fwiw i guess theyre missing a step on the printed instructions, because the online instructions show putting a blob on at step 7, then step 8 is the spreading it about on the heatsink base - which you can skip with AS5, and then step 8 -- which doesnt say to skip for AS5 -- is back to the cpu and its blob, saying to spread it out on athlon XP's.
 

mechBgon

Super Moderator<br>Elite Member
Oct 31, 1999
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Originally posted by: Ichinisan
You would need a heck of a lot of AS5 for it to squeeze out far enough to reach the components around the core. :confused: Don't, uh, use the whole tube on one CPU. ;)

FYI, the cache is all within the die itself.
There are small components all around the core of an AMD Athlon XP CPU, practically touching it. The blob is not centered. It would more-than-likely be squeezed into those components.
Better do a reality check, bro :) I'd do a photo to help out here, but my digicam is at work.
 

Ichinisan

Lifer
Oct 9, 2002
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Originally posted by: Davegod
eh the components are far away, you put on goop with a trowel or something? should be paper thin, would need to be using way too much goop to be slopping about near it. maybe youve got some freaky die or something but most people's XP's look like these

fwiw i guess theyre missing a step on the printed instructions, because the online instructions show putting a blob on at step 7, then step 8 is the spreading it about on the heatsink base - which you can skip with AS5, and then step 8 -- which doesnt say to skip for AS5 -- is back to the cpu and its blob, saying to spread it out on athlon XP's.


The ONLINE INSTRUCTIONS say to skip the step where you spread it into a thin layer (using AS5). READ MORE CAREFULLY, PLEASE.
 

batmanuel

Platinum Member
Jan 15, 2003
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Do you know what version of the XP 2000+ you have? Palomino, T-Bred or Thorton?

If you have the Palomino core, you can expect your processor temps to be on the high side because those chips used a 0.18 micron process that was pretty much maxed out at 1.67 GHz (which is why the old 2000+ chips didn't OC worth a darn). The T-bred and Thorton versions of the 2000+ have a 0.13 micron die so they run a bit cooler. I used to have a 2000+ Palomino and it ran a heck of a lot hotter than my current 2500+ does (using the same Aero 7 Lite HSF and same Coolermaster/ShinEtsu thermal compound). The difference was something like 10C higher under load for the 2000+ (if the chip's thermal diode was accurate), despite the fact that the 2000+ was the slower of the two chips.
 

Ichinisan

Lifer
Oct 9, 2002
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Originally posted by: batmanuel
Do you know what version of the XP 2000+ you have? Palomino, T-Bred or Thorton?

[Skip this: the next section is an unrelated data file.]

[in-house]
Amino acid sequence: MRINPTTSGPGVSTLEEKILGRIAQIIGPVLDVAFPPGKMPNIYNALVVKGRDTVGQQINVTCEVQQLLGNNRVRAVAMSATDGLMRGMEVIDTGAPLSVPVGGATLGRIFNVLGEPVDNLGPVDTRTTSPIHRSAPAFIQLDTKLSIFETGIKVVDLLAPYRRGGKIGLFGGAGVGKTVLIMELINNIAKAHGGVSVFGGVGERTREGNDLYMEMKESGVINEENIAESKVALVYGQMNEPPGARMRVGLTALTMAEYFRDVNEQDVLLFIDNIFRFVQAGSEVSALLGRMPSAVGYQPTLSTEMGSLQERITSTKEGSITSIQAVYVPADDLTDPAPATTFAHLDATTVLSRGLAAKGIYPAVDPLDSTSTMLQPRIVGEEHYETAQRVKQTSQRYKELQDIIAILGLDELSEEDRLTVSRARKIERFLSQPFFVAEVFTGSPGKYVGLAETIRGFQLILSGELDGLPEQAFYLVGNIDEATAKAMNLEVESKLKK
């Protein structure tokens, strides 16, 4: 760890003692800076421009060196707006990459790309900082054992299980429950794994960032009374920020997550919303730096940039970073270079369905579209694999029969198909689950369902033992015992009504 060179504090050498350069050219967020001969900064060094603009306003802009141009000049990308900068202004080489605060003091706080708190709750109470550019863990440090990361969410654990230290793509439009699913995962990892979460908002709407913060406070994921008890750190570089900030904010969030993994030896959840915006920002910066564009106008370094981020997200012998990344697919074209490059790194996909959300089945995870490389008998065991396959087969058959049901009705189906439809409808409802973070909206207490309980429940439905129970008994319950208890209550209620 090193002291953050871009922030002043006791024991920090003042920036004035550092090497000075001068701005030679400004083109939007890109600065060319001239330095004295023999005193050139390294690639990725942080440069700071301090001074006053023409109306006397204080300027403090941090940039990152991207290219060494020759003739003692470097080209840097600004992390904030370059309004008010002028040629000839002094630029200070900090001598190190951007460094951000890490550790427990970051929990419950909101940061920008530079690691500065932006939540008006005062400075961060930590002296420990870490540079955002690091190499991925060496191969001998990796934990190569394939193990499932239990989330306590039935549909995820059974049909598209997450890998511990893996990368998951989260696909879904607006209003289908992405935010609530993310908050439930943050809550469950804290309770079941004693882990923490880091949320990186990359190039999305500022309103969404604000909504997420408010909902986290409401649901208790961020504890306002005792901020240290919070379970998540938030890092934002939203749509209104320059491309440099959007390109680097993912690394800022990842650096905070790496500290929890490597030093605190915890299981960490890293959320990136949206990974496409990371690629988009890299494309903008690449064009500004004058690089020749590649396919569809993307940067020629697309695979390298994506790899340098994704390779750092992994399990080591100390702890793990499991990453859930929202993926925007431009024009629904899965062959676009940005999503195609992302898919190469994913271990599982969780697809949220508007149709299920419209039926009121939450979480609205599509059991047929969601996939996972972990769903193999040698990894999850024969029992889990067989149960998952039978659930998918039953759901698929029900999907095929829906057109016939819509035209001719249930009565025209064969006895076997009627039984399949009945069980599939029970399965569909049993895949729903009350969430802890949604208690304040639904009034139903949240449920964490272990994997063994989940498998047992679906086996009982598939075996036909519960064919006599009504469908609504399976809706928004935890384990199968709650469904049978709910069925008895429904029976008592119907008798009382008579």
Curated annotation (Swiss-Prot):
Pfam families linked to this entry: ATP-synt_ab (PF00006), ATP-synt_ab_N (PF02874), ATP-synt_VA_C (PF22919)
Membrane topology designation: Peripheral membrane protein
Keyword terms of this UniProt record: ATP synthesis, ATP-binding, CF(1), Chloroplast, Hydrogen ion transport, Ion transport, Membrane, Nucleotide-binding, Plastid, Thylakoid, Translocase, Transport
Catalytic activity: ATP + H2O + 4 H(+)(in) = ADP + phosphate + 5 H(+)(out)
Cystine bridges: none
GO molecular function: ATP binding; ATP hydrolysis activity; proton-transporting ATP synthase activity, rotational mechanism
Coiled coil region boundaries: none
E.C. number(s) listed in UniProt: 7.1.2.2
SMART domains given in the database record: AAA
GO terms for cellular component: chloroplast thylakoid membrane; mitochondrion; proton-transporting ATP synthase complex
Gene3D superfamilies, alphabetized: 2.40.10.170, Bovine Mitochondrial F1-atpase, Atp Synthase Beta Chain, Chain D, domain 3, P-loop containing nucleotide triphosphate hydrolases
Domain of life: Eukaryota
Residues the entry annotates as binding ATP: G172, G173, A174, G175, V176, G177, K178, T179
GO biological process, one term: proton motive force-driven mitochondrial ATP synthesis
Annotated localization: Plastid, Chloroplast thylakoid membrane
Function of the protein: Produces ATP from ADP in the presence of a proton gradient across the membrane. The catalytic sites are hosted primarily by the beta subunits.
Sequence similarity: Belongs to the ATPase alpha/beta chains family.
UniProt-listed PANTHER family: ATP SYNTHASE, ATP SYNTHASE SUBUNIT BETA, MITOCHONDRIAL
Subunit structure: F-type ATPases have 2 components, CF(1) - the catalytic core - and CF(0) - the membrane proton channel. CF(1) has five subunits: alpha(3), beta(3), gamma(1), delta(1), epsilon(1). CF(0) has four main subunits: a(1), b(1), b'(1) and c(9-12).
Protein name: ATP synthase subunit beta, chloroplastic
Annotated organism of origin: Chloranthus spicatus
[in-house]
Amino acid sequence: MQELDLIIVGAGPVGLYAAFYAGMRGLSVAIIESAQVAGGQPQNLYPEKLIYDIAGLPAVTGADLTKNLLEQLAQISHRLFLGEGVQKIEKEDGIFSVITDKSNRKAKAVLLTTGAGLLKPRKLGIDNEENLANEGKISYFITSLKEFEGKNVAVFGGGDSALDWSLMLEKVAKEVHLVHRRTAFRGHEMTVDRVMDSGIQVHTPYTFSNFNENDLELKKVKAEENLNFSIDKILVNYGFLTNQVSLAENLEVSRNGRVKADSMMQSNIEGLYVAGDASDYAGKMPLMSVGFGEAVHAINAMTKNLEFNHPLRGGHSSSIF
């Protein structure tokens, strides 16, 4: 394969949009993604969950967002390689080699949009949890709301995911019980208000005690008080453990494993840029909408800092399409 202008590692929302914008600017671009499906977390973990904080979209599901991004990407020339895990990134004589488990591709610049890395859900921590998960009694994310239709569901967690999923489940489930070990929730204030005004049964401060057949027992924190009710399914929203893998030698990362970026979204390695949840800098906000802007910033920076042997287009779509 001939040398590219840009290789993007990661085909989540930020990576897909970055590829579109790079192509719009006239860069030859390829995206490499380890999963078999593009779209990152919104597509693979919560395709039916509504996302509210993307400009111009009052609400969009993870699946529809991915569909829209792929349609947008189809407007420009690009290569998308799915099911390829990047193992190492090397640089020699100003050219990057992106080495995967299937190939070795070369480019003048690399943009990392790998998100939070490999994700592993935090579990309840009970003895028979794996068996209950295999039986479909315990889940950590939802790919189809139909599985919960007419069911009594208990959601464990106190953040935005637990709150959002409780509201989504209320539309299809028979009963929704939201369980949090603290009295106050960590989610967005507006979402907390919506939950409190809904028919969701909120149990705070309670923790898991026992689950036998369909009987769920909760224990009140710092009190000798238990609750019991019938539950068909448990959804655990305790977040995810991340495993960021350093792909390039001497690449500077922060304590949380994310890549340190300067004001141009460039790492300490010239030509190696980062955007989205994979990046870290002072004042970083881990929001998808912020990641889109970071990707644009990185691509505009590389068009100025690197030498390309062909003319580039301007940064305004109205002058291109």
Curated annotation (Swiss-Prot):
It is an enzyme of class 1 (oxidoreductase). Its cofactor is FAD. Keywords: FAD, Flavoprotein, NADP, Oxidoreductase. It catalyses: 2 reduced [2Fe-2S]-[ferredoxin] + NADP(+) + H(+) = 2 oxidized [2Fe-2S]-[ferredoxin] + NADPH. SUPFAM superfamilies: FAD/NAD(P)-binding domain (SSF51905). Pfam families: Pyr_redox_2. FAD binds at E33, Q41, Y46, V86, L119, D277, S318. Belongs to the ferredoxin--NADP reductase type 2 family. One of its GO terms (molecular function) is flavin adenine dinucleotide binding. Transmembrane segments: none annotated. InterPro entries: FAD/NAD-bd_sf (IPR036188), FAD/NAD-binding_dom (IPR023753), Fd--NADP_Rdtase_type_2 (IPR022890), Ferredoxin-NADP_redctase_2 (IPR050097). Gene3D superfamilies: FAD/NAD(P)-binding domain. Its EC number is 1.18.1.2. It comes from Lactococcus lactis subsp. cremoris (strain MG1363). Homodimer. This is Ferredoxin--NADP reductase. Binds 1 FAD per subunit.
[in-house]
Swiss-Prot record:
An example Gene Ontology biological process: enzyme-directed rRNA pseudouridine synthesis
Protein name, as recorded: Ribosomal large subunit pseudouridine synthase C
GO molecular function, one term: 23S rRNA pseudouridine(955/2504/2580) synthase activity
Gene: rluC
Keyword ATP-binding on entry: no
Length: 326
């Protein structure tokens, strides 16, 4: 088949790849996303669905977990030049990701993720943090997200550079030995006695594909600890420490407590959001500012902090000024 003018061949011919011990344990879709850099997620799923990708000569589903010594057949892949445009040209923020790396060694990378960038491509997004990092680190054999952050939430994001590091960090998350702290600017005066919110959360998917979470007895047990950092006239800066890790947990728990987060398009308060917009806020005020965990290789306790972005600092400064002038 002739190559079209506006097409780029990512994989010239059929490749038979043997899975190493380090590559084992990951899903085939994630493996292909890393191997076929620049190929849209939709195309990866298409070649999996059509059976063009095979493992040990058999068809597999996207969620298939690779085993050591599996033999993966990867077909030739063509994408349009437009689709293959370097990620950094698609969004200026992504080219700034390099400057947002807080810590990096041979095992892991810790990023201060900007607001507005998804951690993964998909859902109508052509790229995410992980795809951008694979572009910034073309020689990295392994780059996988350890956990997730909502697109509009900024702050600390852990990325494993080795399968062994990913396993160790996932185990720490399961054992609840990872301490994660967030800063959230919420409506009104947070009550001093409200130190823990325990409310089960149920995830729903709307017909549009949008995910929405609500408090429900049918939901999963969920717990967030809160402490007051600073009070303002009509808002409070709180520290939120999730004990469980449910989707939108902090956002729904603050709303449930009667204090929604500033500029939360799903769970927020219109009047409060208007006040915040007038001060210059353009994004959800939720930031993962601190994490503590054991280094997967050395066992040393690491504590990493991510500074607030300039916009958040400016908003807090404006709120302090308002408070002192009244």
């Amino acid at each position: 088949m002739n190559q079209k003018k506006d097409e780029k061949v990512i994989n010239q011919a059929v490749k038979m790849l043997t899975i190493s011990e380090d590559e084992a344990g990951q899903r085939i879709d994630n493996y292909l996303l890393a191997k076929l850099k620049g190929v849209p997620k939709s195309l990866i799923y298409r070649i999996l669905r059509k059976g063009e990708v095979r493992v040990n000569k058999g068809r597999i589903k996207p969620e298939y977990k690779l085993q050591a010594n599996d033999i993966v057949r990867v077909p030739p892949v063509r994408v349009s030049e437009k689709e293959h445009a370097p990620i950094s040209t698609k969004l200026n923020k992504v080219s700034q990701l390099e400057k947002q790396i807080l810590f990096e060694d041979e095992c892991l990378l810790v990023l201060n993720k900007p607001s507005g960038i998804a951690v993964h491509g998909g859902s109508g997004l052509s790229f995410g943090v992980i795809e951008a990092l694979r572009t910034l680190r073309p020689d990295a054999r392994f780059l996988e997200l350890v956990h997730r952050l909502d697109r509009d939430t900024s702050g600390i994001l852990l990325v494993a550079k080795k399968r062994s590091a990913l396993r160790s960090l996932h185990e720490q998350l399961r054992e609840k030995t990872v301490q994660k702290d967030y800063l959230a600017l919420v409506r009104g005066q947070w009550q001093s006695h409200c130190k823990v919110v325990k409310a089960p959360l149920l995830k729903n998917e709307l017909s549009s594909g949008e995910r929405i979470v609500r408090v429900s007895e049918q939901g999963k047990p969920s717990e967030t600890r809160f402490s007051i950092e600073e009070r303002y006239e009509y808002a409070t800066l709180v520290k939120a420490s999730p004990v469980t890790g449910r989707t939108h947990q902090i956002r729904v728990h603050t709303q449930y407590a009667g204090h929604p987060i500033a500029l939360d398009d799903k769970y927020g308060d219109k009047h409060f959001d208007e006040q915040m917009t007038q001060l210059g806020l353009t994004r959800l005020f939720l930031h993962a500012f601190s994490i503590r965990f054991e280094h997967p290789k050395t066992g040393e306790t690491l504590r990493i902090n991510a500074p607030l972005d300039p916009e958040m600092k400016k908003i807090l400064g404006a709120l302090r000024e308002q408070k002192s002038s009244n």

If you have the Palomino core, you can expect your processor temps to be on the high side because those chips used a 0.18 micron process that was pretty much maxed out at 1.67 GHz (which is why the old 2000+ chips didn't OC worth a darn). The T-bred and Thorton versions of the 2000+ have a 0.13 micron die so they run a bit cooler. I used to have a 2000+ Palomino and it ran a heck of a lot hotter than my current 2500+ does (using the same Aero 7 Lite HSF and same Coolermaster/ShinEtsu thermal compound). The difference was something like 10C higher under load for the 2000+ (if the chip's thermal diode was accurate), despite the fact that the 2000+ was the slower of the two chips.

How can I tell which one I have? AMD's utility was no help.
 

mechBgon

Super Moderator<br>Elite Member
Oct 31, 1999
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Try the CPU-Z utility, it'll tell you not only the core version, but some other potentially-useful stuff like bus speed and multiplier. :)
 

Davegod

Platinum Member
Nov 26, 2001
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Originally posted by: Ichinisan
The ONLINE INSTRUCTIONS say to skip the step where you spread it into a thin layer (using AS5). READ MORE CAREFULLY, PLEASE.
LOOKS TO ME LIKE THEY SAID to skip the step where you spread AS about on the heatsink base (step 7, where to say

Note:
Arctic Silver 5 is much thicker than our earlier silver compounds and it is very difficult to rub it into the base of the heatsink. With it's superior flow characteristics, the tinting steps can be skipped when using Arctic Silver 5.

Tint the bottom of the heatsink...

and nothing about skipping step 8 for any paste, which is about "Spread the Arctic Silver thermal compound over the CPU core".

tinting = working the goop into the cracks etc in the base of the heatsink, which has the effect of slightly discolouring (or tinting) the heatsink base <- skip wih AS5
tinting != spreading a thin even layer on the cpu die <- dont skip with AS5.

MAYB YUO UNNERSTAND NOW?